Hunter Mahan has waited four years for a chance to make amends.
Mahan, one of Tom Watson’s captain’s picks for the United States team in the Ryder Cup next week at Gleneagles Resort in Scotland, lost the deciding match to Graeme McDowell in 2010 at Celtic Manor in Wales.
“I remember walking off that green and all the fans rushing on to Europe and Graeme and having a big party,” said Mahan, who chili-dipped a chip shot to lose his match on the 17th hole and was in tears afterward.
“I felt like I was walking by myself for 600 yards back to the clubhouse, and it’s a very lonely feeling. I want to get rid of that.”
Mahan, who grew up in Orange and attnded USC for one year before transferring to Oklahoma State, has a strong match-play record, 13-9-4 in the Ryder and Presidents cups.
He also beat Rory McIlroy in the final of the 2012 WGC-Accenture Match Play Championship before losing to Matt Kuchar in the title match the following year.
Despite those successes, the McDowell match still plays on his mind.
“Winning is great, but for some reason losing lingers,” said Mahan, who cemented his spot on this year’s team in Watson’s mind when he captured the Barclays, the opener of the PGA Tour playoffs, for his first victory in more than two years.
“It hangs with you. I think redemption is going to be a strong word amongst all the players. Europe has flat out kicked our butt the last 10 or 15 years, and that’s just the way it is.
“We have a great challenge ahead of us, but we’re extremely motivated, and we have a lot to prove among each player.”
Mahan, who was left off the 2012 U.S. team that lost the Ryder Cup in stunning Sunday singles collapse, didn’t want to be left out again, but he failed to play well enough this season to finish in the top nine in the point standings to earn an automatic berth.
He had to do something late in the season to catch Watson’s eye, which he did by tying for 15th in the WGC-Bridgestone Invitational, tying for seventh in the PGA Championship and then claiming his sixth PGA Tour victory to start the playoffs at TPC Boston.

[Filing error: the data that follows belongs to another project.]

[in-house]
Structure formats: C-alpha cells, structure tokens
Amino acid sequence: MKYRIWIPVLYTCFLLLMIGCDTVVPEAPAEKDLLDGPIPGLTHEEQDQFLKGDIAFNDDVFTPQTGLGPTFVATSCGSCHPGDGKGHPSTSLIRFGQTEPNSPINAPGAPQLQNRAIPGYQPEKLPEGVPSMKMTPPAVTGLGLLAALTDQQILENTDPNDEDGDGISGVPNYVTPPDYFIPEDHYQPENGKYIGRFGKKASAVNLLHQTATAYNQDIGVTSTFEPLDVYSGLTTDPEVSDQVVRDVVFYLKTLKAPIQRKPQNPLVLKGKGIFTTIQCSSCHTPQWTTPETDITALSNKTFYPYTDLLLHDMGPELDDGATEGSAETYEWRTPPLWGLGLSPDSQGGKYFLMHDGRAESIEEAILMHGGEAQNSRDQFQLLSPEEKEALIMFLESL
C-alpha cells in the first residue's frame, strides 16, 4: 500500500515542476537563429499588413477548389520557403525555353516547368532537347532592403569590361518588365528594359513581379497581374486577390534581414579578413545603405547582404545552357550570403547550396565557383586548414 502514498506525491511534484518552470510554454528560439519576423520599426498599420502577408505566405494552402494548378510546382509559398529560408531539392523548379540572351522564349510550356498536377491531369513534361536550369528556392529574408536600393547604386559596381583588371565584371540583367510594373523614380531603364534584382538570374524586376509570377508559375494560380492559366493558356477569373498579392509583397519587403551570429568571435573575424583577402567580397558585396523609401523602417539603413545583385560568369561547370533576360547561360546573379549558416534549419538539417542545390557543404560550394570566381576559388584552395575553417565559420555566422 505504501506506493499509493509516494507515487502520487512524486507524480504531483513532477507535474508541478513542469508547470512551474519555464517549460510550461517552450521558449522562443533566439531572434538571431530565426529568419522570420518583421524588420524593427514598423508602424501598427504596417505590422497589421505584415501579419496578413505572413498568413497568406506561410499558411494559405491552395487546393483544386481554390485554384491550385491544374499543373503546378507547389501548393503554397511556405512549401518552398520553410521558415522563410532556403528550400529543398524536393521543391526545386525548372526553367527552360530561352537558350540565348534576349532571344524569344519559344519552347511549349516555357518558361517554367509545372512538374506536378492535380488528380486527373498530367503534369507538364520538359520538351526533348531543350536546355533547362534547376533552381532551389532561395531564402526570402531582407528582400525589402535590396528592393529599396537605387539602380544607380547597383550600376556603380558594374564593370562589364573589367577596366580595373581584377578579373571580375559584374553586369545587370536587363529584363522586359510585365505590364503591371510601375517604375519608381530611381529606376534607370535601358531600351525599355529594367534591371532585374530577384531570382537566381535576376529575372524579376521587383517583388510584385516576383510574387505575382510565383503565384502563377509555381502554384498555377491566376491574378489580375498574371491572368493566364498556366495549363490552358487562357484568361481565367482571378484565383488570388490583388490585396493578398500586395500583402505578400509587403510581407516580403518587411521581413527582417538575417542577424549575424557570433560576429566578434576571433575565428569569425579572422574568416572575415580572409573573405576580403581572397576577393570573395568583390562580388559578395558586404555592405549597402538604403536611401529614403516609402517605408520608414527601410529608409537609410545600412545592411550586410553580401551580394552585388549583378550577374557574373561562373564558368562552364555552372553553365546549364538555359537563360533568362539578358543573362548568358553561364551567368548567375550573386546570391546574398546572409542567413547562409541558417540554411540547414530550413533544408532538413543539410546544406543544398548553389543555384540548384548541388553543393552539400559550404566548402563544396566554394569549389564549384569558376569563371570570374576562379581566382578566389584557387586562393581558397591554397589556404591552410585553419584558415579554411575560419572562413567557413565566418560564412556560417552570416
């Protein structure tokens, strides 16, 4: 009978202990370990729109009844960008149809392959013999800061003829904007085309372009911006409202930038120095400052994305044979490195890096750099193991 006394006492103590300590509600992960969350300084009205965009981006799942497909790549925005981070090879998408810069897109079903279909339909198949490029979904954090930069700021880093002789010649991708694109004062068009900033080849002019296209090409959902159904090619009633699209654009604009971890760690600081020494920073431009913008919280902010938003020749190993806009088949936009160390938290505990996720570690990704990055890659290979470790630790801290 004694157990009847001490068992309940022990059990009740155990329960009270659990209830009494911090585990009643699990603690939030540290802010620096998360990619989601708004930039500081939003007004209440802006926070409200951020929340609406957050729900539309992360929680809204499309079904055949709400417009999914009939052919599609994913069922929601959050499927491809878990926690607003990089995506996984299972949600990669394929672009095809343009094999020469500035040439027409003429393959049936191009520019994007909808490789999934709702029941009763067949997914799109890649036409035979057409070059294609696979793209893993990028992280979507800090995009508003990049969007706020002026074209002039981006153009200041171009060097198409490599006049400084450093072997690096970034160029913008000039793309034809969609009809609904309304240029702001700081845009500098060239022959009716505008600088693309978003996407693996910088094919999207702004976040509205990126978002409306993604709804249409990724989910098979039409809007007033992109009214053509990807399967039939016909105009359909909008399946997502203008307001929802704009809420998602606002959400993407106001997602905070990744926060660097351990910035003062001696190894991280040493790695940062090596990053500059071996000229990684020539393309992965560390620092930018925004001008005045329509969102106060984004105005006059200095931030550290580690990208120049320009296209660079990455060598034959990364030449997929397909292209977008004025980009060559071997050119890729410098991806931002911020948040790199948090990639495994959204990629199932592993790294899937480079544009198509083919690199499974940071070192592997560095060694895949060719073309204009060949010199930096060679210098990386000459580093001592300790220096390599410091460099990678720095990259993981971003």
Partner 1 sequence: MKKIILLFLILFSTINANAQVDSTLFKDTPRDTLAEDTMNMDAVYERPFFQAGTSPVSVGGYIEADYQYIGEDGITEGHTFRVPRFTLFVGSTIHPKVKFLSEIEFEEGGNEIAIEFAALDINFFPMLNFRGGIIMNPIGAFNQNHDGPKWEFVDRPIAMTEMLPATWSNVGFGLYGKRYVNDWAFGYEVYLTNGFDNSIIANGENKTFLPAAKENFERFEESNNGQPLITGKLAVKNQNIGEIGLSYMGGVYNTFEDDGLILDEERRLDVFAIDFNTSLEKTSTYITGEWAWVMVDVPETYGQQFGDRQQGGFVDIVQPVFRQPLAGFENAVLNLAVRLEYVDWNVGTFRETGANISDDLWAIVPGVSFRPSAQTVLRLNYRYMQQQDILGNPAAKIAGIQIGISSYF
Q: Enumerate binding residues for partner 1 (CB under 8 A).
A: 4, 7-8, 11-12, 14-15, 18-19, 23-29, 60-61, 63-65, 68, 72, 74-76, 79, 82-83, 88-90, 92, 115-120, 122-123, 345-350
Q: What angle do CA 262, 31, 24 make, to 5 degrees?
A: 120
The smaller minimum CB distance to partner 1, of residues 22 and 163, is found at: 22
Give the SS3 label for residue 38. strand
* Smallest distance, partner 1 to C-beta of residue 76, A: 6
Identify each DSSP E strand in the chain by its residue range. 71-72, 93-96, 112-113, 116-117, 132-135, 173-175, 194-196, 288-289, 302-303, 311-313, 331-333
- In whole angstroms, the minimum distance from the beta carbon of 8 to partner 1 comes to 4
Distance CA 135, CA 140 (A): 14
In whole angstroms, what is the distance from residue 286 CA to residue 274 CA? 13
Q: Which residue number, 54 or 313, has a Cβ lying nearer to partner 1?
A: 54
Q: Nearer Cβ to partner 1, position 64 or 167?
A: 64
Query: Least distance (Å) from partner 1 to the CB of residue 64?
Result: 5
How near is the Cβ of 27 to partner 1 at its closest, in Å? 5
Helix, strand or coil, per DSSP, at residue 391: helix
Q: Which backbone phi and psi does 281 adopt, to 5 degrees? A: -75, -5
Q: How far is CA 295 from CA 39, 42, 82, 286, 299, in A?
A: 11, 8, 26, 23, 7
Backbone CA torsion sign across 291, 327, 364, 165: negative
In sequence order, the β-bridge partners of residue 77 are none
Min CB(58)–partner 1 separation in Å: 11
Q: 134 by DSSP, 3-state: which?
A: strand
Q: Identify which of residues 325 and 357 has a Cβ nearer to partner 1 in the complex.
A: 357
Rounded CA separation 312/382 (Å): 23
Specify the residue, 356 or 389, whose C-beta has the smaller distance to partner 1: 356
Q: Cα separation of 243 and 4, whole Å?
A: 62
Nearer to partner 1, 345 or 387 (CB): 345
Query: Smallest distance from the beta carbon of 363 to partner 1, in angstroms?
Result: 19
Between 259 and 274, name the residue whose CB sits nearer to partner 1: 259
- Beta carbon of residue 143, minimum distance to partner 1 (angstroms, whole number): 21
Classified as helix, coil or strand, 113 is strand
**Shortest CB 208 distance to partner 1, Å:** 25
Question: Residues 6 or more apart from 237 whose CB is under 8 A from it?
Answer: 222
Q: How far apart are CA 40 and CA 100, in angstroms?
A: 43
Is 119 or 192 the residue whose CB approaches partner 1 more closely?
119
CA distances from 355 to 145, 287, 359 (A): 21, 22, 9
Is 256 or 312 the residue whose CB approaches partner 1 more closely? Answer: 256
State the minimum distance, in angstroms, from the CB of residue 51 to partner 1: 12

“(Watson) texted me after the win and stuff and said congrats,” said Mahan, who entered the Tour Championship fifth in the standings and had a chance to take home the FedEx Cup before tied for 23rd in Atlanta. He finished fifth in the standings. “He liked how I played. And so that was the first bit of communication we’ve had. And (vice captains) Andy North and Steve Stricker texted me, as well. …
“It feels good to be back in contention and get a win. I was playing great that week, as well, but you never know what could have happened. It feels good to get a W. It’s been a couple years, and it feels good the way I did it with a great round on Sunday.
“I saw myself winning. I saw myself making the putts. At the Match Play (in 2012), it was kind of the same thing. I just got in the groove and I just was seeing myself winning there. I felt so into the moment on every shot. I wasn’t behind, and I wasn’t thinking too far ahead.”
The U.S. leads the all-time series in the Ryder Cup, which dates to 1927 at Worchester (Mass.) Country Club, 25-12-2, but things changed since Great Britain and Ireland added the rest of Europe in 1979.
The Euros are on a 9-4-1 run since 1985 and have won five of the last six, broken up only by the Americans’ victory in 2008 at Valhalla.
That is one reason why the PGA of America chose Watson as captain, because he was in charge the last time the U.S. won on European soil, at the Belfry in Sutton Coldfield, England, in 1993.
Watson has a great feel for the Ryder Cup. He said it was difficult seeing the American meltdown two years ago at Medinah, even though he was watching it at home on television.
It was the same for Mahan, who had his own reasons for wanting to be there.
“The only thing worse than losing the Ryder Cup is not having a chance to win it,” Mahan said.
Painfully, he knows that from both sides.
–Story courtesy of The Sports Xchange, TSX Golf Editor Tom LaMarre